November 29th, 2006


From the LGSP Journal last night

I came home on Tuesday night and went straight to my altar. Something wasn't adding up, primarily centering around a discussion on ADF-Liturgists.

Sometimes, I find myself drawn into a discussion, and on occasion, my sense of play overwhelms my sense of reason. I don't think I'd want it any other way, but I found myself that night channeling the play into an arena with rules that didn't mesh with the game I was playing.

So I turned it into prayer.

Distancing myself from a conversation that quickly became weirdly emotional and strangely irrational allowed me to see that the rules I was following (have fun, don't be overly serious, back things up with evidence, and don't feel attacked) were not the rules of the game I was in.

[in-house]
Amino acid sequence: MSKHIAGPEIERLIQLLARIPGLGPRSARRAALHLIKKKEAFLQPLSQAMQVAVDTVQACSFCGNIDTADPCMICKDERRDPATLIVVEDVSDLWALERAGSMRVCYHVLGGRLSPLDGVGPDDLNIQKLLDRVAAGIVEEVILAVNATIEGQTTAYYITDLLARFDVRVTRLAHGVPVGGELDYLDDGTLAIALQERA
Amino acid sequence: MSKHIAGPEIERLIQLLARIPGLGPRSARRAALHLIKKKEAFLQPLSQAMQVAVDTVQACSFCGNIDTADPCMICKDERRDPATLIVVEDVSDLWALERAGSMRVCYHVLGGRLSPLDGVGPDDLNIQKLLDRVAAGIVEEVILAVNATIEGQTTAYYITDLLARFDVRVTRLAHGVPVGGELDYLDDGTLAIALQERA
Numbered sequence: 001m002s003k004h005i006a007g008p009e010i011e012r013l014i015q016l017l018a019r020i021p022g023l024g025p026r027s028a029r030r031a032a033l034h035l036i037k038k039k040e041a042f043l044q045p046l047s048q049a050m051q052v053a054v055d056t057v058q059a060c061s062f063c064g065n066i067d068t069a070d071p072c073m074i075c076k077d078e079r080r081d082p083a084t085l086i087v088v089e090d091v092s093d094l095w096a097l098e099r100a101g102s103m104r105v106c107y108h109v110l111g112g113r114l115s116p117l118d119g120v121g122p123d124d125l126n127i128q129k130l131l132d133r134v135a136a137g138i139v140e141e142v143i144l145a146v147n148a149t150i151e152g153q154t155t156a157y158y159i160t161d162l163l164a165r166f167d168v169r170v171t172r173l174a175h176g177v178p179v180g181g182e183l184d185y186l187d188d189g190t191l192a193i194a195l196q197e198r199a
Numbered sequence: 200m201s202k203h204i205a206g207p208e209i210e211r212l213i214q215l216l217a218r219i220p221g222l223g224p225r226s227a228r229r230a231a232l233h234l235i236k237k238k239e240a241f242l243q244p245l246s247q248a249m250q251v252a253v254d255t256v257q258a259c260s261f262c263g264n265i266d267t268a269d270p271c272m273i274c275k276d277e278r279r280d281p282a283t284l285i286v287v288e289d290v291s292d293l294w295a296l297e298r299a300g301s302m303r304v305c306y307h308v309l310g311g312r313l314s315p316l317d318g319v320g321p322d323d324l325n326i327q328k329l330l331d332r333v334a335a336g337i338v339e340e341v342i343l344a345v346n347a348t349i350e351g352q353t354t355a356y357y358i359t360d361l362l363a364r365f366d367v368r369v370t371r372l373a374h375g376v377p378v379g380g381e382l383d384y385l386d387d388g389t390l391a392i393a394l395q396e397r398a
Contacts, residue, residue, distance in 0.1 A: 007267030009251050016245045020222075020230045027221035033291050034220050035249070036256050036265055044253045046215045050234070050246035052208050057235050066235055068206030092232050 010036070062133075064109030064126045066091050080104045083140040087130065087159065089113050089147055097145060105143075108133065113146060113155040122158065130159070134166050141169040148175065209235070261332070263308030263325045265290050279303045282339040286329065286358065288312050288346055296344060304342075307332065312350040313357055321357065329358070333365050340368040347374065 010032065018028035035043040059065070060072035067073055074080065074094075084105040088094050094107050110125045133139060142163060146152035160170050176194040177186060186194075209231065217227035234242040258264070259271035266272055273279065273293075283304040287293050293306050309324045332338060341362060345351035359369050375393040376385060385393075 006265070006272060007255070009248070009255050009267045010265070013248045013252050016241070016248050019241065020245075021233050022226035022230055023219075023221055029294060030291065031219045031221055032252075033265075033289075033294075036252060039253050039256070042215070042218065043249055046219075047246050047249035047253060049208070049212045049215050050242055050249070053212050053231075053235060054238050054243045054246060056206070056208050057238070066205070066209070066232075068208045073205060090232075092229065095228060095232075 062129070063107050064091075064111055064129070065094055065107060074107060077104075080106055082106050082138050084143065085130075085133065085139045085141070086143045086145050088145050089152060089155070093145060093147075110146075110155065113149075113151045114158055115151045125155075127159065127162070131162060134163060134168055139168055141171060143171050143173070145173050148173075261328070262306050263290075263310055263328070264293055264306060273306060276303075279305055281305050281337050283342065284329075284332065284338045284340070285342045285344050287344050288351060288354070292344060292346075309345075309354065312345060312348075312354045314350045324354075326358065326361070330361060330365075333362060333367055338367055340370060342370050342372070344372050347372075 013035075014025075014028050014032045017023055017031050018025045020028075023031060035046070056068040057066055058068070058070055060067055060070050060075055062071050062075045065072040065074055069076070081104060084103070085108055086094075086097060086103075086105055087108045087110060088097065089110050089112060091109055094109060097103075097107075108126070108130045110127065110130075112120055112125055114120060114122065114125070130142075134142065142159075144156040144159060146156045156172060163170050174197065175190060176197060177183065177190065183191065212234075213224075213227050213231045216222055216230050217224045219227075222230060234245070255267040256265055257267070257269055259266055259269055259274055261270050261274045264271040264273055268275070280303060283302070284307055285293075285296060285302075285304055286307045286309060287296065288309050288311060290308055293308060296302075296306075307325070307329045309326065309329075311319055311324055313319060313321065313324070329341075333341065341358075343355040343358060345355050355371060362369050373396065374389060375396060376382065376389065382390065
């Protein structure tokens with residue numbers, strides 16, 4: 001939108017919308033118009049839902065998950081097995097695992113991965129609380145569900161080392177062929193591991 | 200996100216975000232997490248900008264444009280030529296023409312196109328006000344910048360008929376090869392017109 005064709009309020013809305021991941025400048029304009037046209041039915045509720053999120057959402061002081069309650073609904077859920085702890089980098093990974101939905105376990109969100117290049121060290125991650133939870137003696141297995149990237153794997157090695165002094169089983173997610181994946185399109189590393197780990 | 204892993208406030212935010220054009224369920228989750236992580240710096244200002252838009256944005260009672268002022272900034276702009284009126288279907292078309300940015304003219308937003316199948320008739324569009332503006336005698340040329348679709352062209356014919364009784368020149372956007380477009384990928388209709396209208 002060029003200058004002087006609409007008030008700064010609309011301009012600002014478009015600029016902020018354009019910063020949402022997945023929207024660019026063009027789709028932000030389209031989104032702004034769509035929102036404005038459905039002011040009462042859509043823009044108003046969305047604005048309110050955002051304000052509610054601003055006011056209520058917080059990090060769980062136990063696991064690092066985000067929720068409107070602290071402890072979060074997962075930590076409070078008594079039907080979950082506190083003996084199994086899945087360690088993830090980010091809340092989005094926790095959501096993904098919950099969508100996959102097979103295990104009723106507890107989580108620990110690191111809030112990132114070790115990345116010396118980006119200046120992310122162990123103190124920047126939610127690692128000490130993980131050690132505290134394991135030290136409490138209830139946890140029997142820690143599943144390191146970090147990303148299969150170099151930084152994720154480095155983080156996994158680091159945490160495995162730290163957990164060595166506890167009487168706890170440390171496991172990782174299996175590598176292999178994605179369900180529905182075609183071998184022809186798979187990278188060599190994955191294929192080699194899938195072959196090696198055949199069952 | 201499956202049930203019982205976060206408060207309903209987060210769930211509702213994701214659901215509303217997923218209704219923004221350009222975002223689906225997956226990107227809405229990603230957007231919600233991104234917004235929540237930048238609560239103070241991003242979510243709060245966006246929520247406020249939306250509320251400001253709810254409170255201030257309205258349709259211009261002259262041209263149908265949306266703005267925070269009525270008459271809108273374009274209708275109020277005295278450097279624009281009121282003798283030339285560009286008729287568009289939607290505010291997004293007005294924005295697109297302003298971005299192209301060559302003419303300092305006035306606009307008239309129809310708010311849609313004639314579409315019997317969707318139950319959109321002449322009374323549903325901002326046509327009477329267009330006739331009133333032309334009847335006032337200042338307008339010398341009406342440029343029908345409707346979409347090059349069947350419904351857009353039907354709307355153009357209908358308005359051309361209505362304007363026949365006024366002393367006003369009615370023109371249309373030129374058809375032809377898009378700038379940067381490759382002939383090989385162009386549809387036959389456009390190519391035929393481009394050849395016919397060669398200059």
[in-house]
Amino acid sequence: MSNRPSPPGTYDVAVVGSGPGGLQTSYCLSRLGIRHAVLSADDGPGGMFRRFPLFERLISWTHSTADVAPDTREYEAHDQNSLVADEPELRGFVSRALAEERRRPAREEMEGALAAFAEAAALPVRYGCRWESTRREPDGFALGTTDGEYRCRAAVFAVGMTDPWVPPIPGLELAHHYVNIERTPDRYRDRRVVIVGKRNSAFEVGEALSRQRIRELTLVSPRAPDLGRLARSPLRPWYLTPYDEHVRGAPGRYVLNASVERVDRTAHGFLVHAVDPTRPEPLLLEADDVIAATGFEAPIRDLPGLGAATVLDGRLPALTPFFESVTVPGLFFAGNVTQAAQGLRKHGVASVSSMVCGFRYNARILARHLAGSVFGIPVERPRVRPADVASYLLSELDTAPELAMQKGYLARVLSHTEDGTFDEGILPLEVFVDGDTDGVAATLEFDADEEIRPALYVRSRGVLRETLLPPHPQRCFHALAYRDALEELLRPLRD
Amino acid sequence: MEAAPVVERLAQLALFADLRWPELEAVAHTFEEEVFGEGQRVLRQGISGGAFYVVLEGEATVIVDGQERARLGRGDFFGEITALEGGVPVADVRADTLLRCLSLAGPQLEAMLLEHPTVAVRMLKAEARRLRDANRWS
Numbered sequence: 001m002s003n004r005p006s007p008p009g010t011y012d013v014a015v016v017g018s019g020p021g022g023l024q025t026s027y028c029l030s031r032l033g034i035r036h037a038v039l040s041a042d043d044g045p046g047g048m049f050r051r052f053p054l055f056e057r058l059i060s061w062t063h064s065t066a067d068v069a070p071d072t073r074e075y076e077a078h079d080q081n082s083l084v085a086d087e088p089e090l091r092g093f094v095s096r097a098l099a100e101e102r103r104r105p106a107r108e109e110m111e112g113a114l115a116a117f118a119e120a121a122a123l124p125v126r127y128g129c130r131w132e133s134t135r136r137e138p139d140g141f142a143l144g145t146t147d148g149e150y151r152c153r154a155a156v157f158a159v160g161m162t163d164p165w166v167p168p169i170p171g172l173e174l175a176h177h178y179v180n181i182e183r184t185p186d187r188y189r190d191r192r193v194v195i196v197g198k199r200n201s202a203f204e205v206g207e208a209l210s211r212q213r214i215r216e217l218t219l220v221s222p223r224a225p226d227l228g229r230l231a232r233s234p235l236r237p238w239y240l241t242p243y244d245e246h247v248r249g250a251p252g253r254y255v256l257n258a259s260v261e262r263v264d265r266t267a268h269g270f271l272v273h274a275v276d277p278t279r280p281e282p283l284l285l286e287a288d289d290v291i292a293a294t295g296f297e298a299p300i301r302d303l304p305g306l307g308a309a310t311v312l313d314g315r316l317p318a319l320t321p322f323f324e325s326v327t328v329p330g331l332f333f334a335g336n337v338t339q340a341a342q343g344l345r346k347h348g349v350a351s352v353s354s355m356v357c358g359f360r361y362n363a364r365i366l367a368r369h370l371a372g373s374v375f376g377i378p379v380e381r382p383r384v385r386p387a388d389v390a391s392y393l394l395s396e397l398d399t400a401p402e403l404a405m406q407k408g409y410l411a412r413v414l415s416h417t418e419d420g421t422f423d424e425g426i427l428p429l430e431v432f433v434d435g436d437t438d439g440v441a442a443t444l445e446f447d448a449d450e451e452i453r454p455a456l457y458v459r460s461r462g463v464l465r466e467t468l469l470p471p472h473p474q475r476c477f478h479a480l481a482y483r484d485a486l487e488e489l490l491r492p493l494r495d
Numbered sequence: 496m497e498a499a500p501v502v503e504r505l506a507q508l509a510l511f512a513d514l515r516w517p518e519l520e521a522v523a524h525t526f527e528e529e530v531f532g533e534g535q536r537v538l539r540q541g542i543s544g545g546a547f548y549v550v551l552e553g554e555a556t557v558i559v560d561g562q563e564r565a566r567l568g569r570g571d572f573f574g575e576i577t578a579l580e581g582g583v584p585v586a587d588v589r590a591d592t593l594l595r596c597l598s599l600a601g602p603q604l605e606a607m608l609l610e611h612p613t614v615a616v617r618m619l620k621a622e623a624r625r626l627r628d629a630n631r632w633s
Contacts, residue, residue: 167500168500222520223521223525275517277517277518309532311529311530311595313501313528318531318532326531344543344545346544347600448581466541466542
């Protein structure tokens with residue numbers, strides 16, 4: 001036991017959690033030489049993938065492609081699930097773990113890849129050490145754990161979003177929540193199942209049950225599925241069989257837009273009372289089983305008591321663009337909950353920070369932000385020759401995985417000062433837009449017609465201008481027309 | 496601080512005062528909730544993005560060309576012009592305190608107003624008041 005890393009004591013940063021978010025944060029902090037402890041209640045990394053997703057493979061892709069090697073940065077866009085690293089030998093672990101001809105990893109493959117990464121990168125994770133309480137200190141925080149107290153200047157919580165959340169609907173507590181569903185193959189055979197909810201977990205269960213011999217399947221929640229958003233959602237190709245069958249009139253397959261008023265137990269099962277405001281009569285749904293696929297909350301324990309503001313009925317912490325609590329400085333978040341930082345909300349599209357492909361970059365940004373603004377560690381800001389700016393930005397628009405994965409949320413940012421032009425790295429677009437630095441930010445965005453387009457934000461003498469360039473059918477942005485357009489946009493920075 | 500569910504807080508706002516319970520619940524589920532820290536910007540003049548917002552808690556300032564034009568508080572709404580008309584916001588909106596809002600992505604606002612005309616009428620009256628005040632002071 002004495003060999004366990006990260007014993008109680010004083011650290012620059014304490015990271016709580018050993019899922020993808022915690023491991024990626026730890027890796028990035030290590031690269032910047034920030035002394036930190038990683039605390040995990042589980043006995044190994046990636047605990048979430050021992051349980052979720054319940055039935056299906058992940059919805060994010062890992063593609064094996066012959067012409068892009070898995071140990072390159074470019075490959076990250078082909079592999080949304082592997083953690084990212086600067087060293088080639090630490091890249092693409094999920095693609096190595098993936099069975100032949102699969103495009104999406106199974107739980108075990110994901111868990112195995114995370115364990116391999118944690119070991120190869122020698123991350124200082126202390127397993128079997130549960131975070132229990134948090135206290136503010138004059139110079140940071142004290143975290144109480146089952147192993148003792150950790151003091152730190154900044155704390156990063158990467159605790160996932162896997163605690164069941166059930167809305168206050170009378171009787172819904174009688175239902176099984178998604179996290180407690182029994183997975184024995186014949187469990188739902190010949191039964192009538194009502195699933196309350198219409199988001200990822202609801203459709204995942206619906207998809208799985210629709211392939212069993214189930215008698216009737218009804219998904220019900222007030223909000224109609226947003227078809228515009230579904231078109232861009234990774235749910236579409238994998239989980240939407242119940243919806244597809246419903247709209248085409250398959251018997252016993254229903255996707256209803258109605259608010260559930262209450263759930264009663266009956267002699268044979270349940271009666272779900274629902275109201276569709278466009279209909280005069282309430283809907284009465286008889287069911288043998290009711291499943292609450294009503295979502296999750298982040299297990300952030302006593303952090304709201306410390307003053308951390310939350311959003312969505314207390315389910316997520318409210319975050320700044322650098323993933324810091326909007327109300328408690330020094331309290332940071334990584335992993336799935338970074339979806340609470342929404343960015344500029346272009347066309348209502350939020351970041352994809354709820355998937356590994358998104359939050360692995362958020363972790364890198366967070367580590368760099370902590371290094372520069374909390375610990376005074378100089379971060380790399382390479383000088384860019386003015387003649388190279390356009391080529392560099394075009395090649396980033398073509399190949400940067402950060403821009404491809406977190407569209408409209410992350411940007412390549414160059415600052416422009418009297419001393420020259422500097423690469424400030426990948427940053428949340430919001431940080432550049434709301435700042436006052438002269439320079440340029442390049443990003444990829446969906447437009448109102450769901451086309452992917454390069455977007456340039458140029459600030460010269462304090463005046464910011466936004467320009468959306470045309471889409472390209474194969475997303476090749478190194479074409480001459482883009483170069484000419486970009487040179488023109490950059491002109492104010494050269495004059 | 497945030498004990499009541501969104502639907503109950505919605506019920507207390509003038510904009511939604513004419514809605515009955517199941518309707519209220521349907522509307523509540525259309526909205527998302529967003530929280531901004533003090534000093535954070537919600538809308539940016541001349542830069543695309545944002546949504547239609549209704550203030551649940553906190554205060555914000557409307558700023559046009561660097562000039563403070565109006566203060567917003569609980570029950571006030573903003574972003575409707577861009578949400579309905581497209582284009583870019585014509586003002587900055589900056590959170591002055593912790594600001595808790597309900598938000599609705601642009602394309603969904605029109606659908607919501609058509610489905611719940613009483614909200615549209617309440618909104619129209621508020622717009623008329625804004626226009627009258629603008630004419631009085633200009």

So I took my game to my altar. I entered a reality where opinions didn't matter, where no one got upset, and where people could find humour. That's the world I always pray in.

Part of the issue, of course, is that I want to show the world how things are from my eyes. I like my eyes, they're great and they view things in a unique manner.

"Your argument isn't important," I want to say. "You are." This is because when I pray, "My prayer isn't important; I am. Your hearing my prayer isn't important; you are."

Sometimes, we get so caught up in what others are doing, we forget that we ought to just pray about it.

So I stood in front of my altar, and I prayed. I prayed for myself, my friends, and my family. I prayed for ADF and for its members. I prayed to and for the Kindred.

The prayers weren't elegant, or even really well spoken. But I realized as I stood there that all the arguing I do in my life, all the silly positions I take, and all the dumb things I say: none will matter.

But this prayer. . . it matters.

And I prayed longer.